Europe’s economy has stalled. But an interest rate cut will likely have to wait for summer

FRANKFURT, Germany (AP) — Inflation in Europe is way down from its painful double-digit peak, and the economy has stalled. But the European Central Bank left its key interest rate at a record high Thursday, and its leader suggested a much-anticipated cut to borrowing costs would likely wait until June.

The decision comes as central banks around the world, including the U.S. Federal Reserve, are trying to judge whether toxic inflation has been tamed to the point that they can start cutting rates — making it cheaper for consumers and businesses to borrow, spend and invest — and avoid an economic slowdown that throws people out of their jobs.

ECB President Christine Lagarde said at a news conference that the central bank was “making good progress” in pushing down inflation to its 2% target but that “we are not there yet.”

She dropped a clue about the timing of a rate cut, saying economic data would decide the bank’s next move and that “we will have a little in April and a lot more for our June meeting.”

Lagarde’s remark was “a not very subtle hint” that the ECB would wait until June for a rate cut, said analysts at ABN AMRO Financial Markets Research.

“The ECB is getting closer to the point where it will have sufficient confidence in the return of inflation to the 2% target,” said Frederik Ducrozet, head of macroeconomic research at Pictet Wealth Management.

He pointed to Lagarde’s remark and to the ECB lowering this year’s inflation projection to 2.3% from December’s forecast of 2.7%.

The ECB raised its key rate from below zero to 4% between July 2022 and September 2023 to squelch double-digit inflation driven by supply chain issues during the rebound from the coronavirus pandemic and by an energy crisis after Russia invaded Ukraine.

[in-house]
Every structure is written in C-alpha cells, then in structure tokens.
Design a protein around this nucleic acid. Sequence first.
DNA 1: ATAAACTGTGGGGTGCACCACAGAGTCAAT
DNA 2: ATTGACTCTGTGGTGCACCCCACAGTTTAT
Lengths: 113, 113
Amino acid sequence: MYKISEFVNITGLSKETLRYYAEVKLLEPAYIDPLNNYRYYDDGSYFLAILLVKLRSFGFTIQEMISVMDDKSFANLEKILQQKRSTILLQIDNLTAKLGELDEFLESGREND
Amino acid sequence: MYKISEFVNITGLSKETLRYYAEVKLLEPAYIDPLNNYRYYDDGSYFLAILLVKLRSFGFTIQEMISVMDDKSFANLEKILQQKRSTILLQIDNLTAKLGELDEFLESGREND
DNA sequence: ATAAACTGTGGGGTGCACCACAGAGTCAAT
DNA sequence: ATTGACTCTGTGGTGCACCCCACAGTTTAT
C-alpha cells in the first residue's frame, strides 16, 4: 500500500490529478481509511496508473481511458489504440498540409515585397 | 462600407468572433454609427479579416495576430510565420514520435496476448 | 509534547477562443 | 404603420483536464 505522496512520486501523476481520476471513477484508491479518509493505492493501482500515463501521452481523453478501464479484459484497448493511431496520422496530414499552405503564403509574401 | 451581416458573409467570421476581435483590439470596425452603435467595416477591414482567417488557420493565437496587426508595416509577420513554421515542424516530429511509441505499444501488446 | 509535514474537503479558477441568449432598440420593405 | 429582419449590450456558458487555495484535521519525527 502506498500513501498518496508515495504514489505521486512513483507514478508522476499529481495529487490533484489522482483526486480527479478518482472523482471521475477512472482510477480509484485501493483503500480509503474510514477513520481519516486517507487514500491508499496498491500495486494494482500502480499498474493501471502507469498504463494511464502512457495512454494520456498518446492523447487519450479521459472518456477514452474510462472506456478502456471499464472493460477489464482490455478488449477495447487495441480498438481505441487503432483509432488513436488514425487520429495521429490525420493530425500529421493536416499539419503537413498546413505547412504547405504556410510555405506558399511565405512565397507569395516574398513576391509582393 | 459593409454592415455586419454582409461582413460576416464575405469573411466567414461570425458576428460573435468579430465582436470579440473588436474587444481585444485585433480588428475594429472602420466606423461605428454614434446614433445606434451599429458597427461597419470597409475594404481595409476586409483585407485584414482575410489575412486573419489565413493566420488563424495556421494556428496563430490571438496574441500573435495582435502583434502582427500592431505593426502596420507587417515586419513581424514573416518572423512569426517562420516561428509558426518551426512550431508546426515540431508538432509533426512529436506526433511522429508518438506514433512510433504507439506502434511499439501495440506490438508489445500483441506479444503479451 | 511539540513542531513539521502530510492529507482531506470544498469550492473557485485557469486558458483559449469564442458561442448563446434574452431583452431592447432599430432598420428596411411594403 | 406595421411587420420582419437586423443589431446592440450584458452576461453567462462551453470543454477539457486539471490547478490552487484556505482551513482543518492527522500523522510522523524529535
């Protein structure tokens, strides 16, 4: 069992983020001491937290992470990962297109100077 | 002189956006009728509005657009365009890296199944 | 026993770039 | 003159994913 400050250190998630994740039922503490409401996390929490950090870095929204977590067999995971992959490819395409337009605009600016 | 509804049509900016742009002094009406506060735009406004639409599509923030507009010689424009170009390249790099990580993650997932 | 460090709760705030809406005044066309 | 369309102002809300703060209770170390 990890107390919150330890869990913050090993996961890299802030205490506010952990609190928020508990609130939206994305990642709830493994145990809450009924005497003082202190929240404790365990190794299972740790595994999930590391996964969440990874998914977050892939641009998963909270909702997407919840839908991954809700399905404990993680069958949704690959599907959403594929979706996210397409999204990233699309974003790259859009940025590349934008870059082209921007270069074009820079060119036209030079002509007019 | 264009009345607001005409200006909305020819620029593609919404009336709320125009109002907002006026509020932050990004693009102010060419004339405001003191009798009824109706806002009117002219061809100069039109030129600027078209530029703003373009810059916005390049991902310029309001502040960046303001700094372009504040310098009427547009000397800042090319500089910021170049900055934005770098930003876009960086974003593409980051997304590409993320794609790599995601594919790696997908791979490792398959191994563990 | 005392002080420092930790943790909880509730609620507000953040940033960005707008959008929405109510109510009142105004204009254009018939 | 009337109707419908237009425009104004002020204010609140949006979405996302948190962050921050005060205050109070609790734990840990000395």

Higher interest rates dampen inflation by making it more expensive to borrow and buy things on credit, reducing demand for goods. But high rates can weigh on economic growth, too.

The rate rises, for instance, have stalled construction activity in Germany, Europe’s largest economy, and put an end to a nearly decadelong rise in home prices in the 20 countries that use the euro currency as tighter credit deters borrowers and sellers.

The eurozone saw no growth in the fourth quarter of last year after shrinking 0.1% in the previous quarter. Germany expects growth of just 0.2% this year.

One reason the ECB can afford to wait on a rate cut: a strong jobs market that is keeping people in work and with paychecks to spend. Unemployment of 6.4% is the lowest since the euro currency was launched in 1999.

A similar situation is shaping up in the U.S., where Federal Reserve Chair Jerome Powell told Congress this week that the central bank needs more confidence inflation is under control before cutting rates. Fed officials have signaled three rate cuts this year, but Powell has given no indication when they might start.

In Europe, inflation was down to 2.6% in February, well below its peak of 10.6% in October 2022. But the consumer price index has been stuck between 2% and 3% for five months, raising concern that the last mile toward the ECB’s goal may be slower than hoped.

While the spikes in food and energy prices that helped drive the outbreak of inflation have eased, inflation has spread to services, a broad sector of the economy that includes everything from movie tickets and office cleaning to tuition and medical care.

Meanwhile, wages rose as workers started bargaining for higher pay to make up for lost purchasing power as inflation ballooned.